The USA was late to enter World War II. After the Japanese attack on Pearl Harbor on December 7, 1941 there was no doubt that our earlier position of neutrality could not continue. The war ended with the fall of Germany in May, 1945. The American losses were staggering with 405,399 killed in action and 671,278 wounded .
Those back home were called upon to do various things to support the war effort. There were price controls and rationing of civilian use of some foods, gasoline, and electricity. The cost to our nation of was 74% of the GDP. Staggering!
My father was drafted late in the war and was sent to the Philippine Islands. Thankfully he was never called into combat on the front lines and returned safely to our West Virginia home at war’s end. I was born in April of 1942 and yet do have a sketchy recall of some moments in World War II. For example, I recall my dad dressing in his uniform and walking away from our home to head off to the war. I stood on the sidewalk in front of our home and watched until he was out of sight.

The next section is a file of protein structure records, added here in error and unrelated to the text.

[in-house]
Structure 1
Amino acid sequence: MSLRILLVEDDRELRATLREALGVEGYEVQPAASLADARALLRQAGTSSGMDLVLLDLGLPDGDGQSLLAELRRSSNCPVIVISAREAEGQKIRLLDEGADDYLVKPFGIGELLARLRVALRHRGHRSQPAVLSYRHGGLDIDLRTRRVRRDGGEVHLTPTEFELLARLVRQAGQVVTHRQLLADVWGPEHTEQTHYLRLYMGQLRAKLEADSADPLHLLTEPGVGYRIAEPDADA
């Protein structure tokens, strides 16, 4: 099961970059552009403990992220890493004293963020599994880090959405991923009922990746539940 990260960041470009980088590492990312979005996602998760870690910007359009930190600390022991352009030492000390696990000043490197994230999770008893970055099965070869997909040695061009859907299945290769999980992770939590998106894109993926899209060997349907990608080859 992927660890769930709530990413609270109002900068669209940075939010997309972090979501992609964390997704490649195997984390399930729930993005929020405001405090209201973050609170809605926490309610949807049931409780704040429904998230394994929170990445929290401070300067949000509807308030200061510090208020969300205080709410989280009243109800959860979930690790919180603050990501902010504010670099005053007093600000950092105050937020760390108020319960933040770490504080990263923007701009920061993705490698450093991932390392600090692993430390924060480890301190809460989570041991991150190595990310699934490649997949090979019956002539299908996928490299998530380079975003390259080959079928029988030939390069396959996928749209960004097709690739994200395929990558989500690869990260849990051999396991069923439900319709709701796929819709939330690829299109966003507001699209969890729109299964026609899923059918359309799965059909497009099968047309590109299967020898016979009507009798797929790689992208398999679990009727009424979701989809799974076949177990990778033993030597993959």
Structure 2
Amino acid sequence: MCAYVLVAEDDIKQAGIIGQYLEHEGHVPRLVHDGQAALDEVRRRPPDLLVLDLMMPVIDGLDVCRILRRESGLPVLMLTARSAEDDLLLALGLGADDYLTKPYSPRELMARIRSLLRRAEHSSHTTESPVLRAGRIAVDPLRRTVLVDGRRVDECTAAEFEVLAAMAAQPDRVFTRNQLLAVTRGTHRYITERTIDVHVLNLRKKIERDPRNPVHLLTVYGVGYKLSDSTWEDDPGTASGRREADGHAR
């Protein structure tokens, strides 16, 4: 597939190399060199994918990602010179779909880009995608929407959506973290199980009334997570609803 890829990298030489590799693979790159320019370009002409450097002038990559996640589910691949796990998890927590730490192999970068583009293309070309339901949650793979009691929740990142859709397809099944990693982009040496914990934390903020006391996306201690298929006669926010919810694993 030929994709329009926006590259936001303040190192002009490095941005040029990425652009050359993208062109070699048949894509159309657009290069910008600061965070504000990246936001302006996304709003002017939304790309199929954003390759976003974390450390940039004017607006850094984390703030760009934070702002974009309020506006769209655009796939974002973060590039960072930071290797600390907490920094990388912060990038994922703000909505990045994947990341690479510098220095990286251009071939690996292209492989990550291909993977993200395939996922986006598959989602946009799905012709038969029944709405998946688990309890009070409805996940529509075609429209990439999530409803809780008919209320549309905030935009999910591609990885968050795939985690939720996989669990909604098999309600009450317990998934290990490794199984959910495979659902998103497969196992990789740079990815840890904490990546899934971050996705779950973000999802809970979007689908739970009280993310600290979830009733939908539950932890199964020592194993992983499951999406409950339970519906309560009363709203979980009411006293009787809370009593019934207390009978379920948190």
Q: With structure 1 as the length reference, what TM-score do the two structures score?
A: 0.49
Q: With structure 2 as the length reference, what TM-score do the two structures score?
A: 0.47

I was recently reminded of how much war has changed as I read an essay by author E. B. White (1899 to 1985) (Charlotte’s Web and Stuart Little). In his essay collection (One Man’s Meat), White shared his experience as a “shoreline plane watcher.” On both the east coast and the west coast, concerns about night time air attacks required that all sources of light to be blacked out so the enemy could not get a fix on potential bombing targets. His job as a member of a community volunteer group was to watch and listen to the nighttime sea and sky. Any intrusion into our space was to be reported immediately. That war was the last one to require something of every US citizen. Technology like satellites to detect air attacks would not be available for many years.
Today, war places few demands on our citizens. We can watch reports about it on television and express our sorrow at the loss of a few professional soldiers and military contractors as we pour another glass of wine. War is still horrible to those who are actually fighting it in our behalf. When you see someone in uniform, mean it deeply when you say, “thank you for your service.”